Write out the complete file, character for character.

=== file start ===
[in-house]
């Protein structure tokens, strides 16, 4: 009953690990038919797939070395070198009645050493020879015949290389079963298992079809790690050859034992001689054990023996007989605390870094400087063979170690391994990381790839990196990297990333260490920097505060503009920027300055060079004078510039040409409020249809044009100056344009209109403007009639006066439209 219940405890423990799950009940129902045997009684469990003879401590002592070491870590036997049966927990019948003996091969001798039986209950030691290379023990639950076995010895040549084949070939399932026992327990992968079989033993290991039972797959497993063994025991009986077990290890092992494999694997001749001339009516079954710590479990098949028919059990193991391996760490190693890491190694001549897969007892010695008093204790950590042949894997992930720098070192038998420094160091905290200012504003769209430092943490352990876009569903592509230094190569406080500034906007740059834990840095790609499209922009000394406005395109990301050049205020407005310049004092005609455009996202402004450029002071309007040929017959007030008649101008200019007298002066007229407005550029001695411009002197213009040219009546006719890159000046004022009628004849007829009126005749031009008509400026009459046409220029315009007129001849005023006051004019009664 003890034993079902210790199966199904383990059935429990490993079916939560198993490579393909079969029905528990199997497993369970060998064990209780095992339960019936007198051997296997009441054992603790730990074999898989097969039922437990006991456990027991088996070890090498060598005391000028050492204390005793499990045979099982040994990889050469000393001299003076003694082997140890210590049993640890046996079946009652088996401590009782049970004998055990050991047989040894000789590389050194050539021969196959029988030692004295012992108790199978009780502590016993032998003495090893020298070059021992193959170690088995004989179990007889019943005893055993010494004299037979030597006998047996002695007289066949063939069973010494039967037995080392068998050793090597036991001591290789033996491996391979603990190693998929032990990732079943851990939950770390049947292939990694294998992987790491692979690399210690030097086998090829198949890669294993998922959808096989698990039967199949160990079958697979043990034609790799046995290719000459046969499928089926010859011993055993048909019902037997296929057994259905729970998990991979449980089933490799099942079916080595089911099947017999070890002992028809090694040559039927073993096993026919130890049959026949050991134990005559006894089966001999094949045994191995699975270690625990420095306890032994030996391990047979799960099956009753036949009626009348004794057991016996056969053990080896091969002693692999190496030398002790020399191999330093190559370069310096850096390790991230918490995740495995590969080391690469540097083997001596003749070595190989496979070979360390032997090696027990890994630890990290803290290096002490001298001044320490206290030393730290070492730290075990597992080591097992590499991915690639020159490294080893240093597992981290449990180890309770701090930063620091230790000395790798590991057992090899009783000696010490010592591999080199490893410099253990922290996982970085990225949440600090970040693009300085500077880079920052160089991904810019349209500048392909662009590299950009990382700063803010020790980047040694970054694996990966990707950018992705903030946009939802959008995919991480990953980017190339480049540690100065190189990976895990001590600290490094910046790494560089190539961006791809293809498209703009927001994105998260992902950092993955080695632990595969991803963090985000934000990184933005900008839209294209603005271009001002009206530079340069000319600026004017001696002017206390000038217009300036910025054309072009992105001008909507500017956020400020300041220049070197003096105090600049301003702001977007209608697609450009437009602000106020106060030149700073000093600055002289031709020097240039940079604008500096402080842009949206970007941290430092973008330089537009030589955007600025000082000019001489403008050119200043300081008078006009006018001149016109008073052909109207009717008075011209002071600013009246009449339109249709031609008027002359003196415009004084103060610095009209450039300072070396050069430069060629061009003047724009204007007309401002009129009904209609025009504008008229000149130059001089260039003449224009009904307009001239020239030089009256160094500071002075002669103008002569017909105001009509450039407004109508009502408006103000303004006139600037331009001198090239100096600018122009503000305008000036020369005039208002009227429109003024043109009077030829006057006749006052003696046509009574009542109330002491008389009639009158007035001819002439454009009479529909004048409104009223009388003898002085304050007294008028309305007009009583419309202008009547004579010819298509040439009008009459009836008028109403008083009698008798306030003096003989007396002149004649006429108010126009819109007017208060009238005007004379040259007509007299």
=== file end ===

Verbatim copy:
[in-house]
């Protein structure tokens, strides 16, 4: 009953690990038919797939070395070198009645050493020879015949290389079963298992079809790690050859034992001689054990023996007989605390870094400087063979170690391994990381790839990196990297990333260490920097505060503009920027300055060079004078510039040409409020249809044009100056344009209109403007009639006066439209 219940405890423990799950009940129902045997009684469990003879401590002592070491870590036997049966927990019948003996091969001798039986209950030691290379023990639950076995010895040549084949070939399932026992327990992968079989033993290991039972797959497993063994025991009986077990290890092992494999694997001749001339009516079954710590479990098949028919059990193991391996760490190693890491190694001549897969007892010695008093204790950590042949894997992930720098070192038998420094160091905290200012504003769209430092943490352990876009569903592509230094190569406080500034906007740059834990840095790609499209922009000394406005395109990301050049205020407005310049004092005609455009996202402004450029002071309007040929017959007030008649101008200019007298002066007229407005550029001695411009002197213009040219009546006719890159000046004022009628004849007829009126005749031009008509400026009459046409220029315009007129001849005023006051004019009664 003890034993079902210790199966199904383990059935429990490993079916939560198993490579393909079969029905528990199997497993369970060998064990209780095992339960019936007198051997296997009441054992603790730990074999898989097969039922437990006991456990027991088996070890090498060598005391000028050492204390005793499990045979099982040994990889050469000393001299003076003694082997140890210590049993640890046996079946009652088996401590009782049970004998055990050991047989040894000789590389050194050539021969196959029988030692004295012992108790199978009780502590016993032998003495090893020298070059021992193959170690088995004989179990007889019943005893055993010494004299037979030597006998047996002695007289066949063939069973010494039967037995080392068998050793090597036991001591290789033996491996391979603990190693998929032990990732079943851990939950770390049947292939990694294998992987790491692979690399210690030097086998090829198949890669294993998922959808096989698990039967199949160990079958697979043990034609790799046995290719000459046969499928089926010859011993055993048909019902037997296929057994259905729970998990991979449980089933490799099942079916080595089911099947017999070890002992028809090694040559039927073993096993026919130890049959026949050991134990005559006894089966001999094949045994191995699975270690625990420095306890032994030996391990047979799960099956009753036949009626009348004794057991016996056969053990080896091969002693692999190496030398002790020399191999330093190559370069310096850096390790991230918490995740495995590969080391690469540097083997001596003749070595190989496979070979360390032997090696027990890994630890990290803290290096002490001298001044320490206290030393730290070492730290075990597992080591097992590499991915690639020159490294080893240093597992981290449990180890309770701090930063620091230790000395790798590991057992090899009783000696010490010592591999080199490893410099253990922290996982970085990225949440600090970040693009300085500077880079920052160089991904810019349209500048392909662009590299950009990382700063803010020790980047040694970054694996990966990707950018992705903030946009939802959008995919991480990953980017190339480049540690100065190189990976895990001590600290490094910046790494560089190539961006791809293809498209703009927001994105998260992902950092993955080695632990595969991803963090985000934000990184933005900008839209294209603005271009001002009206530079340069000319600026004017001696002017206390000038217009300036910025054309072009992105001008909507500017956020400020300041220049070197003096105090600049301003702001977007209608697609450009437009602000106020106060030149700073000093600055002289031709020097240039940079604008500096402080842009949206970007941290430092973008330089537009030589955007600025000082000019001489403008050119200043300081008078006009006018001149016109008073052909109207009717008075011209002071600013009246009449339109249709031609008027002359003196415009004084103060610095009209450039300072070396050069430069060629061009003047724009204007007309401002009129009904209609025009504008008229000149130059001089260039003449224009009904307009001239020239030089009256160094500071002075002669103008002569017909105001009509450039407004109508009502408006103000303004006139600037331009001198090239100096600018122009503000305008000036020369005039208002009227429109003024043109009077030829006057006749006052003696046509009574009542109330002491008389009639009158007035001819002439454009009479529909004048409104009223009388003898002085304050007294008028309305007009009583419309202008009547004579010819298509040439009008009459009836008028109403008083009698008798306030003096003989007396002149004649006429108010126009819109007017208060009238005007004379040259007509007299």